What should be good numbers of options expected at places like Zynga/
What does one mean by google was generous, how many options did one
get over the years as in percentage wise since absolute numbers would
be confidential...as in was it obvious then or in hindsight
How does one compare X RSU/ Z options in say google/microsoft versus Y
options in say Zynga ?
This is an impossible question to answer without knowing what position
you're getting an offer for. You can value Facebook by comparing it
against Yahoo to get an idea of what a reasonable valuation would be.
(Yahoo currently has a $22.8B market cap. At $40/share, FB is valued
> What should be good numbers of options expected at places like Zynga/
Again, depends on your position. Zynga should not be compared to
Twitter. As far as I know, Zynga is profitable and growing fast.
Twitter is not. I have no information about revenues, etc., and so
can't provide a comparison company. Since Twitter is a much higher
risk company than Zynga, I would expect a far more generous options
package out of Twitter than out of Zynga. Facebook is much lower risk
and I would expect them to be less generous with stock at this point.
> What does one mean by google was generous, how many options did one
> get over the years as in percentage wise since absolute numbers would
> be confidential...as in was it obvious then or in hindsight
It was obvious then. Google was generous in that despite being
extremely profitable even in 2002, the options it handed out were
quite likely to make millionaires out of employees if they sold at the
right time. In fact, right after the IPO, Google was for a period even
more generous than just before the IPO. (A few employees complained to
me privately about that)
> How does one compare X RSU/ Z options in say google/microsoft versus Y
> options in say Zynga ?
Build a spreadsheet. RSUs are very easy to value, since you just
multiply the # of RSUs by the stock price. Options are slightly harder
because there's a time-value attached, but you can keep things simple
by multiplying the # of options you got by the expected stock price of
the company. That's why it's impossible to give you data without
information about the company revenues, etc. You need a comparison
company for this technique to work properly.
Author of An Engineer's Guide to Silicon Valley Startups
As an concrete example if one got
X RSUs from google =~ 600X
and the startup had a valuation at say 200M but employees got stock
valued at Y stock at valuation 100M
so how does one compare them
should Y(delta price) =~ 600X
Also in the case of a senior/staff engineer range what should one
expect in terms of RSU/options from soon to IPO companies like Fbook/
Should salaries in startups be ~15% higher than bigger companies since
bonuses are in that ball park and most startups dont have bonuses.
> Piaw Nahttp://piaw.blogspot.com
OK, an RSU from Google is worth about $500 today. (I'm rounding down
to make numbers easy, and also to reflect the risk in an RSU). 100
RSUs would be $50,000.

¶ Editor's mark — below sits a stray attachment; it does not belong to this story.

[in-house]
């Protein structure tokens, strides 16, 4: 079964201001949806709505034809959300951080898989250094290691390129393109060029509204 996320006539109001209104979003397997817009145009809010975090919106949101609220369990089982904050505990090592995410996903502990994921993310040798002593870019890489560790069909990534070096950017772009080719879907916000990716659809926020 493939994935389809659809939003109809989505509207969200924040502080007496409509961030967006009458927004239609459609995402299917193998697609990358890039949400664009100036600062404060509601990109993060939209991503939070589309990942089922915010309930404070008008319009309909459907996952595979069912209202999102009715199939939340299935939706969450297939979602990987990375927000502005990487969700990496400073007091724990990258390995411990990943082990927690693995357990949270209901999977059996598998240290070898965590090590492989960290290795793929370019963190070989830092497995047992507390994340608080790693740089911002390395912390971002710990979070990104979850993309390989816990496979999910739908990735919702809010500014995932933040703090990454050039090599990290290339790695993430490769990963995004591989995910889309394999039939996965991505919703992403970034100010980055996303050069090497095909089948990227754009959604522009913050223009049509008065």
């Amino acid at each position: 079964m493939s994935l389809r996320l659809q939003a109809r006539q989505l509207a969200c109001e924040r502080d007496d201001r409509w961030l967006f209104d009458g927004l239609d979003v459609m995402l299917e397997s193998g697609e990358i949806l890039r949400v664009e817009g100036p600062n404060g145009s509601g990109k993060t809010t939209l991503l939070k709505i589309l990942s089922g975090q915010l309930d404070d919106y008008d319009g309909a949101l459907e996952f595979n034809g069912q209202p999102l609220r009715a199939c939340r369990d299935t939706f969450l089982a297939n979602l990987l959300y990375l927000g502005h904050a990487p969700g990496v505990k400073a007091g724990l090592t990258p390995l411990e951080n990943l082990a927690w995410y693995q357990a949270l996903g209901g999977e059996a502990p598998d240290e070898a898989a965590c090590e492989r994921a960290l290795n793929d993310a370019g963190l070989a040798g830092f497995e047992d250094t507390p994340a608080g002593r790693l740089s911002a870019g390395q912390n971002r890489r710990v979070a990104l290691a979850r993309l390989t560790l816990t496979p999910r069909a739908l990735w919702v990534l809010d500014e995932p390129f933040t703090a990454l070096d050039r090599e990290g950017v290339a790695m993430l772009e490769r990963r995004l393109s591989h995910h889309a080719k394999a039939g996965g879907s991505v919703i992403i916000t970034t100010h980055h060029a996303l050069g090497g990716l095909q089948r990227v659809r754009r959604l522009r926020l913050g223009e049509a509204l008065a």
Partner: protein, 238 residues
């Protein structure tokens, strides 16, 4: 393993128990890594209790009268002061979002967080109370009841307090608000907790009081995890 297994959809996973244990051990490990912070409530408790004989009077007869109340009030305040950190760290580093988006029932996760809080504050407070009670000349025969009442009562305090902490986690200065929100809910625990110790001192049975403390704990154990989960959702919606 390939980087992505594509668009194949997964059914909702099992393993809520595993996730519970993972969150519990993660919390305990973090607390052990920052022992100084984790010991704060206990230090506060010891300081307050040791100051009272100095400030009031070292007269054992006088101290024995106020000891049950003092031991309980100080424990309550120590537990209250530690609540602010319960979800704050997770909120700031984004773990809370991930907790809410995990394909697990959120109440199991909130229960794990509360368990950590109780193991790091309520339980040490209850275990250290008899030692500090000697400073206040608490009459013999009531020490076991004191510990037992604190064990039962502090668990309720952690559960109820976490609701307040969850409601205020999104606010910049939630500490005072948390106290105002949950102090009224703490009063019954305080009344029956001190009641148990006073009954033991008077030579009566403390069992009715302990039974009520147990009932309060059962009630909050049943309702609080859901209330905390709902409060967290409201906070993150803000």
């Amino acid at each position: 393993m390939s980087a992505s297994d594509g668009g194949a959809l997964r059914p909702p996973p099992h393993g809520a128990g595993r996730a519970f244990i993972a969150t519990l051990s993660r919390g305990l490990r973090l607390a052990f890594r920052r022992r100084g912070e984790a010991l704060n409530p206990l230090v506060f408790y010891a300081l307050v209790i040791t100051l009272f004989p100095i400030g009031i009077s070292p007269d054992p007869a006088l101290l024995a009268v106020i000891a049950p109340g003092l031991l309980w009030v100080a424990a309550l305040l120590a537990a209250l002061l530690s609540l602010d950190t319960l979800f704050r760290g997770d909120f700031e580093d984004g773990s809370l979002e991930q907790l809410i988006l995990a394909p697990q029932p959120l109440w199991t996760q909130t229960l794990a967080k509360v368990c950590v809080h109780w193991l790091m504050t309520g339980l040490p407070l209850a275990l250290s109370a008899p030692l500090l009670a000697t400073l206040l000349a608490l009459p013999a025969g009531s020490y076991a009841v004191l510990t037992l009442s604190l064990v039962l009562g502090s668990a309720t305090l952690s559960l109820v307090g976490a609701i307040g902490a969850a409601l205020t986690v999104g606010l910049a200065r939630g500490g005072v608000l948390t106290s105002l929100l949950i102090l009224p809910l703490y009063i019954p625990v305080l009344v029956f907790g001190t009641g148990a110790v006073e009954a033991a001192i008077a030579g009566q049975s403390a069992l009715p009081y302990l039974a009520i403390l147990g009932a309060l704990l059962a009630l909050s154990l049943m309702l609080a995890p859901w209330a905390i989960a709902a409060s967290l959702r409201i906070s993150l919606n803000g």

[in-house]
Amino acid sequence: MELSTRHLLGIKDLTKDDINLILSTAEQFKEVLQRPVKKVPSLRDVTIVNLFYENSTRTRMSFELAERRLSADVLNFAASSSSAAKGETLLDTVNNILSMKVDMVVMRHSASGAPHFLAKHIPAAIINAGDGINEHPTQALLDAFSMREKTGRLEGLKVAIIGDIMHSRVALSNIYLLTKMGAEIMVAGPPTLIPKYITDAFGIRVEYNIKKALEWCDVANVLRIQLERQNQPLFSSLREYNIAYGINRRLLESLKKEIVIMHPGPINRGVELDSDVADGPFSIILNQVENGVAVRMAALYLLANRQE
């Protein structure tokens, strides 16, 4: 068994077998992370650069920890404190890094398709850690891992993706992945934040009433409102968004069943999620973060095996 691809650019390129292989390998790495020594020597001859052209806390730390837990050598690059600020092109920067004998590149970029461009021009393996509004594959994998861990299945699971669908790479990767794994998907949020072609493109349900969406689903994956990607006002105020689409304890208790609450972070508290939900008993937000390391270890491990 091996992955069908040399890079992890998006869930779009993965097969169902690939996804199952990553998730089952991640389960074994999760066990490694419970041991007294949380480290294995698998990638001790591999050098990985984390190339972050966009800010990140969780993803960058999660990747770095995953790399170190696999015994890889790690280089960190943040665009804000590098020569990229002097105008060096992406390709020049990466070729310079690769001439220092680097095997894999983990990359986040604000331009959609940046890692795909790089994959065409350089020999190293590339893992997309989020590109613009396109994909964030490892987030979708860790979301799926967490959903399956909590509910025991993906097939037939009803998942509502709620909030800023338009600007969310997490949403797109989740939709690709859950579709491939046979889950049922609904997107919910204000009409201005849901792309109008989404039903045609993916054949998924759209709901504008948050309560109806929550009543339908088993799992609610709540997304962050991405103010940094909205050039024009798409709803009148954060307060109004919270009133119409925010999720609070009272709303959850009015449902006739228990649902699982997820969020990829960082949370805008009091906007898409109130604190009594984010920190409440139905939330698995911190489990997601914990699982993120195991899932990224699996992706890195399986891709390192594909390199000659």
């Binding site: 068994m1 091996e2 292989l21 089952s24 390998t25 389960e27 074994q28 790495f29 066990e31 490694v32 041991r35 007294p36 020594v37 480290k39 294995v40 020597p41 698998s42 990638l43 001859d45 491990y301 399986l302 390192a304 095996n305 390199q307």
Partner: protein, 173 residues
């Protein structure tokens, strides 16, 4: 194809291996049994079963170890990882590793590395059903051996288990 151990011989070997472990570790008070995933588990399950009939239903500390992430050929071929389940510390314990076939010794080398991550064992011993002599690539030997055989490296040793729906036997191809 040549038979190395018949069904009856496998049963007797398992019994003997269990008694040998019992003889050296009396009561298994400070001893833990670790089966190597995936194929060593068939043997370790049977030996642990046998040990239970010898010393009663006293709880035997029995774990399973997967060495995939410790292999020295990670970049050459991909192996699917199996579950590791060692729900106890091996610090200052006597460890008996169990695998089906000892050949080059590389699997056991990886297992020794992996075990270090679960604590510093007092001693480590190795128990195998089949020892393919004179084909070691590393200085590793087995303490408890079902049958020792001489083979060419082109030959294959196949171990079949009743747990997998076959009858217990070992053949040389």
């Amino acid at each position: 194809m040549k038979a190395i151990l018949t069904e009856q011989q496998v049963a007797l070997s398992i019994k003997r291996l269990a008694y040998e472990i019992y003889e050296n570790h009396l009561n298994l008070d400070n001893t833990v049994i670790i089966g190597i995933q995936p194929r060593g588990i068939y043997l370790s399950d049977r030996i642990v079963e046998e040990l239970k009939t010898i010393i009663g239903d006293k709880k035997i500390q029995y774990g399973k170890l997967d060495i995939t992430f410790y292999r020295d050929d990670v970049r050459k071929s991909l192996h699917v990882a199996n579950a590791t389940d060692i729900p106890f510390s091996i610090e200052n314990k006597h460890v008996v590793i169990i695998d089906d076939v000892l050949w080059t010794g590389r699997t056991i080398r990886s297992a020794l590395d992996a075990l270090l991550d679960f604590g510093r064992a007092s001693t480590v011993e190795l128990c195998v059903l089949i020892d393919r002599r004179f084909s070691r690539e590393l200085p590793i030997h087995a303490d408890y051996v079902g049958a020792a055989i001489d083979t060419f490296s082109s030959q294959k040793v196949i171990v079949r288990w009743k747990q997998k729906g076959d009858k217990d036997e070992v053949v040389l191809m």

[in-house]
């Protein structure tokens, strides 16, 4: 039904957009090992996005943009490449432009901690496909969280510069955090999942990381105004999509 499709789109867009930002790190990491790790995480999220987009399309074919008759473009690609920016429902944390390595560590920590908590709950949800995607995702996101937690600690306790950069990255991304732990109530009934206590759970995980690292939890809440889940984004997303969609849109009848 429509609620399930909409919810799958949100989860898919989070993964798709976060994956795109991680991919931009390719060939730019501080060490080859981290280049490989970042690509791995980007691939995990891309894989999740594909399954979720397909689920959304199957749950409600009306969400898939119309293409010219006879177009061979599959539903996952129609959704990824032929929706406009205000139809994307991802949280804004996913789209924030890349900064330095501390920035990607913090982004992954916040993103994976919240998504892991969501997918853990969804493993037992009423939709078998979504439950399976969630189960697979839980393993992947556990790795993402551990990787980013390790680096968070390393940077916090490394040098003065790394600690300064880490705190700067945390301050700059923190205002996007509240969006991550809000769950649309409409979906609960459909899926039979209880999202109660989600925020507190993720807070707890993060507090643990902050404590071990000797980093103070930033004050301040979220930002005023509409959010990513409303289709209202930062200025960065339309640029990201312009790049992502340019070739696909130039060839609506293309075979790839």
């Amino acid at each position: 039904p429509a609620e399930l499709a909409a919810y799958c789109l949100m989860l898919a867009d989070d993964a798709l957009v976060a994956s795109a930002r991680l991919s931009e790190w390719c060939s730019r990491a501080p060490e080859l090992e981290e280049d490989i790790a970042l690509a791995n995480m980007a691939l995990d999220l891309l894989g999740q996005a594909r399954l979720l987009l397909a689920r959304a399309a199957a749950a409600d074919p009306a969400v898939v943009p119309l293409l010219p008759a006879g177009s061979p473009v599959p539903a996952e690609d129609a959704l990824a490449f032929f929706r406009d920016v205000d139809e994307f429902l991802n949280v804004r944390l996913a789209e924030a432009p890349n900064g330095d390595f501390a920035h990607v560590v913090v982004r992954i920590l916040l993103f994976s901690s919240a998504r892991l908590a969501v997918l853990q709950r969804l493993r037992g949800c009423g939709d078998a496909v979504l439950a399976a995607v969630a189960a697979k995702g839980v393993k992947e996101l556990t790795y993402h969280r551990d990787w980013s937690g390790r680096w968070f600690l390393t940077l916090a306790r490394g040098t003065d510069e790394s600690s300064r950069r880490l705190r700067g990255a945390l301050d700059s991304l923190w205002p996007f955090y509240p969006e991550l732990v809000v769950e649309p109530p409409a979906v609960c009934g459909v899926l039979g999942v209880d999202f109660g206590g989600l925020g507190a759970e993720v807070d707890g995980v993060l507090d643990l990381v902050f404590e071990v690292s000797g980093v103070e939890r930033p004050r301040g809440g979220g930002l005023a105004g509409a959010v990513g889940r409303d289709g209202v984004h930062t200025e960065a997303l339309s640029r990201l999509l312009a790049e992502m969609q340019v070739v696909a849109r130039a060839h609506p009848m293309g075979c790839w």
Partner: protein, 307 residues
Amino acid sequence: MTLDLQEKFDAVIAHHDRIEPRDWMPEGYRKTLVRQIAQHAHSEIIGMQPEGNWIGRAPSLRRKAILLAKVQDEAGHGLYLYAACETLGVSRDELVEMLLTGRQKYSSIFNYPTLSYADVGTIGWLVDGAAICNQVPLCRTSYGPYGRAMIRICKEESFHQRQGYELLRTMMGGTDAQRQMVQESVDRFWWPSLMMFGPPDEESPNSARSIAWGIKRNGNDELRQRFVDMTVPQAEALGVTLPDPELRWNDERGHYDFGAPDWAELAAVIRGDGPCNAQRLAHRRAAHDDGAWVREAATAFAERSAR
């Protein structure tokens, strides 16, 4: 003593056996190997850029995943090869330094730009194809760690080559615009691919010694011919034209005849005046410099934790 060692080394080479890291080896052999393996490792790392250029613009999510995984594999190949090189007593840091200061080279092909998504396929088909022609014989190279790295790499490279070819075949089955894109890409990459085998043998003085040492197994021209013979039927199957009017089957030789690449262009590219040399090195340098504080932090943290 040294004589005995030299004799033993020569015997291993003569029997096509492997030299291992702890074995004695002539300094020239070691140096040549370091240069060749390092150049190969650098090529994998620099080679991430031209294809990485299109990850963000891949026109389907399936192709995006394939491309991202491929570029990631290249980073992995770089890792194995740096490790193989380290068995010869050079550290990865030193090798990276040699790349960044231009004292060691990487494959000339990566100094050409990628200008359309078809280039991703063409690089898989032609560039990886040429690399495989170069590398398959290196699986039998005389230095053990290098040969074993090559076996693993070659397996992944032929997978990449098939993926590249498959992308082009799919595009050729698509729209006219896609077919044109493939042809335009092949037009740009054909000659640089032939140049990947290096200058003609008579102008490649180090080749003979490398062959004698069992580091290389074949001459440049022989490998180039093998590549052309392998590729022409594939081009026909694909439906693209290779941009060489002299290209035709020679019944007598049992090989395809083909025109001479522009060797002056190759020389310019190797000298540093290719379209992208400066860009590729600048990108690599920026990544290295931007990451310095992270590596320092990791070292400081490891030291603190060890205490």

Facebook stock is valued at $40 today internally. That values them at
$25B. Let's say they'll double over the next 4 years to be
conservative. So the expected value would be $80/share.
$50K/80 = 625
So 100 GSUs == 625 FSUs
Roughly. You can over-weigh or underweigh the expected value of FB
stock depending on how bullish or bearish you are.
> and the startup had a valuation at say 200M but employees got stock
> valued at Y stock at valuation 100M
> so how does one compare them
> should Y(delta price) =~ 600X
Once you are in startup land, it makes no sense to consider valuation.
That's meaningless. As I mentioned in the book, 3 things matter: Are
the people folks you want to work with? What percentage of the company
are you getting? And what are the future prospects of the firm?
Whether you're working at the next Google or the next Perforce makes a
big difference. The former touches everyone and can expect a
castle-in-the-sky valuation, and the latter won't ever make a splash
in the newspaper, and you have to be realistic about which one it is.
(For instance, mint.com made the right decision to get bought --- it
is doubtful that an IPO would ever have raised a ton of money)
> Also in the case of a senior/staff engineer range what should one
> expect in terms of RSU/options from soon to IPO companies like Fbook/
I really can't answer that question. That would require me to know how
generous the founders are, how much the VCs own of the company, what
the remaining employee pool is, and how well you interviewed. The more
the firm is convinced they need you, the more generous they will be.
For instance, I would be surprised if Greg Badros got less than a $2M
equity package. But then he's Greg Badros!
> Should salaries in startups be ~15% higher than bigger companies since
> bonuses are in that ball park and most startups dont have bonuses.
Depends on the startups. First of all, I discount bonuses at big
companies too. Those go away when the company hits bad times.
Secondly, if it's an early stage startup, then you're effectively
trading that bonus away for equity, and you need to negotiate
accordingly. Someone I knew recently got more than 1% of an early
stage startup that was self-funded (and therefore had a big employee
For later stage startups, you can expect a competitive salary. That
means that if you usually get 15% bonuses, add that to your base
salary and expect the startup to match it. Keep that paperwork and
show it to the startup. :-)